South African Airways (SAA) and the Nal’ibali reading for enjoyment campaign have joined forces once again to produce a second edition of their Story Power magazine to continue inspiring a love of reading among young South Africans.
To mark the publication of the new magazine, the partners invited young readers from the Soweto Nal’ibali reading club, Mighty Stars, to place the first copies of the magazine in the seat pockets of an SAA aeroplane.
“The 2014 Nal’ibali edition proved so popular among children and their caregivers that the partners will once again be offering young travellers a brand-new story written by a local author, fun literacy activities and ideas for parents to help keep their children reading over the holiday period,” said Musa Zwane, general manager shareholder.
“In addition, little listeners will also be able to enjoy Nal’ibali audio stories as part of SAA’s in-flight entertainment schedule on regional flights.”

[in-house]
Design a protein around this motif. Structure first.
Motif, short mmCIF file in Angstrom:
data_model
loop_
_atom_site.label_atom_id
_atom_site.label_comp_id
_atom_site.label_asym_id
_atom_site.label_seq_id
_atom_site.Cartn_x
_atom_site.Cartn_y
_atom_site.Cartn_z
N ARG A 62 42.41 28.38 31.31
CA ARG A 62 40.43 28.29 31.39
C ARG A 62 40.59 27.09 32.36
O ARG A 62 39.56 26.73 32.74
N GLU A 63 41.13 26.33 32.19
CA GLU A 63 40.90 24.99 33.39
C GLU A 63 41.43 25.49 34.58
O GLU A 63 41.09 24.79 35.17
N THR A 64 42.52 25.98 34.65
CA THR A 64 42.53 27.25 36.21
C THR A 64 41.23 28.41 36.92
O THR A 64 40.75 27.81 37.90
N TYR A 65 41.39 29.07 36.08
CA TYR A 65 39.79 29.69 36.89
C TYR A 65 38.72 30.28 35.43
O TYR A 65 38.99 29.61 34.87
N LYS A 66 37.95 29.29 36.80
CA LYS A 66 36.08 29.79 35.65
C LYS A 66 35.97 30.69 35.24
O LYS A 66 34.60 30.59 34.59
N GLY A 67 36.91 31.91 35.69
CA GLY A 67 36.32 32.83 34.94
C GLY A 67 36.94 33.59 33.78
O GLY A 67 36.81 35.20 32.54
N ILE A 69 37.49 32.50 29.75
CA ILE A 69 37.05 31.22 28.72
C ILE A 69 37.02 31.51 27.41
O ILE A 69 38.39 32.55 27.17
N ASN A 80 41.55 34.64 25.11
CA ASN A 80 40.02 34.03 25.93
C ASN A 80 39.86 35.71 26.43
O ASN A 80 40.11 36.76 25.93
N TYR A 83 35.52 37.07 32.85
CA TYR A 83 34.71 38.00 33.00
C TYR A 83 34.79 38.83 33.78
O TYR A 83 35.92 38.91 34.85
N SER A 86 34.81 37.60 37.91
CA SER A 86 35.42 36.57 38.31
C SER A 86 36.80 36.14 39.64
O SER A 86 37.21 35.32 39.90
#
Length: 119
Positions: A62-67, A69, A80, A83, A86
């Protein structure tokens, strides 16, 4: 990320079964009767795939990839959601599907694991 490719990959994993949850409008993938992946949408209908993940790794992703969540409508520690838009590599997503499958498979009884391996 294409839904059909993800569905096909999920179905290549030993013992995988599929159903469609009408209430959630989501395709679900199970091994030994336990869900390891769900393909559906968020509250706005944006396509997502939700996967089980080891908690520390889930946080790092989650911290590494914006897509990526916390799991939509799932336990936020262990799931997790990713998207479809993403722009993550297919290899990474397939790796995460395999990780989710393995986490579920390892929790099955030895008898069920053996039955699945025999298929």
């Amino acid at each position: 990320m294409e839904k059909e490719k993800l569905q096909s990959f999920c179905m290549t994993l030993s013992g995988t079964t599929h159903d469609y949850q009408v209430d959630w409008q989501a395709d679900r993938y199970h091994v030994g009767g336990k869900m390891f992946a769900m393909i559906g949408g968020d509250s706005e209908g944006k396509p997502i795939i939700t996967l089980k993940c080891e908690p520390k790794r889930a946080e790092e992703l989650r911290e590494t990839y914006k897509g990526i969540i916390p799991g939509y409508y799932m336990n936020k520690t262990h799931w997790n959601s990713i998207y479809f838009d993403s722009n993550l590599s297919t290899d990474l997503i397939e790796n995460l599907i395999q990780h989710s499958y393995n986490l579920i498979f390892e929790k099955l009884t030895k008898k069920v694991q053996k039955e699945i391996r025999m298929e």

THE POWER OF WORDS
The audio stories, together with the magazine, form part of Nal’ibali’s Story Power drive, created in the hope of getting books into the hands of as many South Africans as possible. “Research shows that children who read regularly and for enjoyment perform better at school in all subjects, including science and maths,” says Jade Jacobsohn, Nal’ibali’s managing director.
“Reading and sharing stories is something all families can do – especially during the school holidays, which is the perfect time to start a storytelling tradition at home.”
To further encourage the children to continue with their reading routines, SAA Chief Captain Sifuso Masuku reminded them of the importance of reading and how it could help shape their dreams, as it did for his own dreams.
Poet Natalia Molebatsi also demonstrated how she put the power of words to use by sharing some of her work and engaging the children in an interactive poetry performance.
THE STORY CONTINUES
Nal’ibali offers children access to an array of online resources such as literacy-building tips and a selection of stories in their home languages.